Available at good bookshops or by mail order to: Sheldon Press Mail Order, 26 Steep Hill, Lincoln LN2 1LU. (£4.99 + £1.00 postage and packing per book.)
The 'Overcoming' series, published by Robinson – £7.99 each. They are essentially self-help guides using cognitive behaviour therapy techniques. Examples include:
Overcoming Depression – ISBN 1841191256
Overcoming Panic – ISBN 1854877011
Overcoming Anxiety
– ISBN 1854874225
Overcoming Traumatic Stress – ISBN 1841190160
Overcoming Childhood Trauma – ISBN 1841190801
Overcoming Gambling – ISBN 1854874845
Overcoming Bulimia and Binge Eating – ISBN 1854871714
Overcoming Low Self Esteem – ISBN 1854877259
Overcoming Social Anxiety and Shyness – ISBN 1854877038

Bibliography

Avery B. Principles of Psychotherapy. Thorsons. 1996.
Trower P, Casey A and Dryden W. Cognitive Behavioural Counselling in Action. Sage Publications. 1999.

Acknowledgements

For their invaluable help given in my research for this article, I would like to thank Dr Chris Bass, Dept of Psychological Medicine, John Radcliffe Hospital, Oxford; Dr Michael Sharpe, Dept of Psychiatry, University of Edinburgh; and Professor Simon Wessely, Guys', Kings and St Thomas' School of Medicine.

Editor's Acknowledgement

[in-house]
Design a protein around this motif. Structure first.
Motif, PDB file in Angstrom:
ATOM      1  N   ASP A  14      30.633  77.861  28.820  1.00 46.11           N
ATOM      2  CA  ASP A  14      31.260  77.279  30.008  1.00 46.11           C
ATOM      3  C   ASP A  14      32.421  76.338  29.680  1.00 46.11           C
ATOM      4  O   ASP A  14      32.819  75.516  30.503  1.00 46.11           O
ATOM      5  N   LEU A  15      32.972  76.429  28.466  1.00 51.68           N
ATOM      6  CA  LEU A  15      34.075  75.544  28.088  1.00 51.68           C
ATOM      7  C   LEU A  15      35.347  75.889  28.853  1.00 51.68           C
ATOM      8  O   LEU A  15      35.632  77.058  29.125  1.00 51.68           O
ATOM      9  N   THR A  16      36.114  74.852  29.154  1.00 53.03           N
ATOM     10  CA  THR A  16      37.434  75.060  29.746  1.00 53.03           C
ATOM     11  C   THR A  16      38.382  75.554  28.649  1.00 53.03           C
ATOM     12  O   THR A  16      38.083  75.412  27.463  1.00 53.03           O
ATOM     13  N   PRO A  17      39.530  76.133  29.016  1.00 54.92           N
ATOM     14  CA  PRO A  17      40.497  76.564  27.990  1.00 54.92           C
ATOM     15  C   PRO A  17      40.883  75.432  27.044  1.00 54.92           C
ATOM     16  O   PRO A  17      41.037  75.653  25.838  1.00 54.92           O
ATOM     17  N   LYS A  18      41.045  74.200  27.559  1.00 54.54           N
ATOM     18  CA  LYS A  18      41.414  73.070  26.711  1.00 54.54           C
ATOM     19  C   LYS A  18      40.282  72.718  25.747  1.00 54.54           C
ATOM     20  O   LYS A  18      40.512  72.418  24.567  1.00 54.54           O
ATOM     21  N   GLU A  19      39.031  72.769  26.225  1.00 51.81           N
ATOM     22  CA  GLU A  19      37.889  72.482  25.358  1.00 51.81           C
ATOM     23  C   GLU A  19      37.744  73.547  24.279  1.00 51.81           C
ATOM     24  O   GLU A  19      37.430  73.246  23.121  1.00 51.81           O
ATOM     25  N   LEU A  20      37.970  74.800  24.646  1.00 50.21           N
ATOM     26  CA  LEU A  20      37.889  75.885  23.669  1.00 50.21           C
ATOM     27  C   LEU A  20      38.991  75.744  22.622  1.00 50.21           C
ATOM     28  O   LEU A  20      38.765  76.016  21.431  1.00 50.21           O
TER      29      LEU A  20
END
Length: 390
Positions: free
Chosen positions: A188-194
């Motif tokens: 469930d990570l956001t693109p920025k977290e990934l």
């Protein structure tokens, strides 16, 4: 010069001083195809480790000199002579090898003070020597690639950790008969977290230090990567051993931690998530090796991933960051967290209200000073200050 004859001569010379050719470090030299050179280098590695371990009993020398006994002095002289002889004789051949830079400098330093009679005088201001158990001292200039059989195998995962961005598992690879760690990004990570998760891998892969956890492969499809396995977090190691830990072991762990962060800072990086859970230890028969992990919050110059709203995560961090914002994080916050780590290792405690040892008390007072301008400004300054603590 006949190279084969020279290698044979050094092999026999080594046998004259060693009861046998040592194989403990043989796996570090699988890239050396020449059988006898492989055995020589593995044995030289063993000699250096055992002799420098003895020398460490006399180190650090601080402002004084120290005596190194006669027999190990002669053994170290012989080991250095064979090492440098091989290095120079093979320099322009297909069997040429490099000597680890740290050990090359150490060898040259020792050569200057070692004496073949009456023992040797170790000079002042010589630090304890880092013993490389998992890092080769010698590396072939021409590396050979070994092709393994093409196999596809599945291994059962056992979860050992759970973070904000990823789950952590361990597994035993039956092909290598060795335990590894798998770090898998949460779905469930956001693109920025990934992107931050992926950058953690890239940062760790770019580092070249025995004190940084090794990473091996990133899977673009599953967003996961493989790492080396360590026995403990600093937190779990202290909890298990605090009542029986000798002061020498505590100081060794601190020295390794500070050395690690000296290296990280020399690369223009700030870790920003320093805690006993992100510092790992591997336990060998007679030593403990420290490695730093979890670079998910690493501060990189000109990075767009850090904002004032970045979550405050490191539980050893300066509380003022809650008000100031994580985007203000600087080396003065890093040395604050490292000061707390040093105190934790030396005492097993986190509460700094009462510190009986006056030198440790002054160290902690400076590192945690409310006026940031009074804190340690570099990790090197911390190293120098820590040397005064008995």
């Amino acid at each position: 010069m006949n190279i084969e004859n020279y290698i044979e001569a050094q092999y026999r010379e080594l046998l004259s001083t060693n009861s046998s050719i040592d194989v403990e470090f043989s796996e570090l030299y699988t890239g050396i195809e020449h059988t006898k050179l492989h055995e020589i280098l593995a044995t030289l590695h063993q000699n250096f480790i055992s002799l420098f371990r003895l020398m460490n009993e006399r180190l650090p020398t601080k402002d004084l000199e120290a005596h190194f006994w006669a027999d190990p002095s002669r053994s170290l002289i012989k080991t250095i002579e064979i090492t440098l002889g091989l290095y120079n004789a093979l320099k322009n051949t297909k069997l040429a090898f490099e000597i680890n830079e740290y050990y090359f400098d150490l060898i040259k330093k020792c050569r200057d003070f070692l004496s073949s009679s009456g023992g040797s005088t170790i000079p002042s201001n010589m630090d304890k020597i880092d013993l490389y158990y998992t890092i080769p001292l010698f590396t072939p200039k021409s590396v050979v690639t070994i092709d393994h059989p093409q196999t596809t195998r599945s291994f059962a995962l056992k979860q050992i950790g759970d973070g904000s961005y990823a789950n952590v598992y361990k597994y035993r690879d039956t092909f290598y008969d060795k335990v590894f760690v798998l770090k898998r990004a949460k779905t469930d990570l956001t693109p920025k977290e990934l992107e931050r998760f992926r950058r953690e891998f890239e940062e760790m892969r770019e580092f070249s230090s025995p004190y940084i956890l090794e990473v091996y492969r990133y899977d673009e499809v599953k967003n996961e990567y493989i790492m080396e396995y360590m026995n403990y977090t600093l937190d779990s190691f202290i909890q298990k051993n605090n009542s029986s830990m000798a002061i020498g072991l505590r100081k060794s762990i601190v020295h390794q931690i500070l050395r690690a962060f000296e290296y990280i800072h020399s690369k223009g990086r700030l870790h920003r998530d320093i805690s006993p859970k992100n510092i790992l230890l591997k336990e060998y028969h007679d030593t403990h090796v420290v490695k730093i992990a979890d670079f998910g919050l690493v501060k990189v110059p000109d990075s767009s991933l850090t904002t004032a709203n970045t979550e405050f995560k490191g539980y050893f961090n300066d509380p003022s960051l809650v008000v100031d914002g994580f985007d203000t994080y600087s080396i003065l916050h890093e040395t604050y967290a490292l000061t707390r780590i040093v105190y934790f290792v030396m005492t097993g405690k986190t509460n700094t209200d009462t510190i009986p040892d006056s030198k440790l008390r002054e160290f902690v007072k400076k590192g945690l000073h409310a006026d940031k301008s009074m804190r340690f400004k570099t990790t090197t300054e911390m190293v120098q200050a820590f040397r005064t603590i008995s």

The Editor is grateful to Dr Derek Pheby for reading the article and providing constructive comment.

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About Liz Marsh

Liz Marsh is a graduate geographer from Bristol University who first became ill with Chronic Fatigue Syndrome (CFS) in 1993. At the time she was Head of Humanities at a secondary school in Buckinghamshire, bringing up two teenage sons single-handed and caring, long-distance, for a sick, elderly relative. Since taking medical retirement in 1997 she has concentrated on writing, and has had numerous articles and poems published. She is currently working on a novel based on her personal and professional experiences of CFS. One of her sons now works for a pharmaceutical company; the other is a third-year medical student at Bristol University.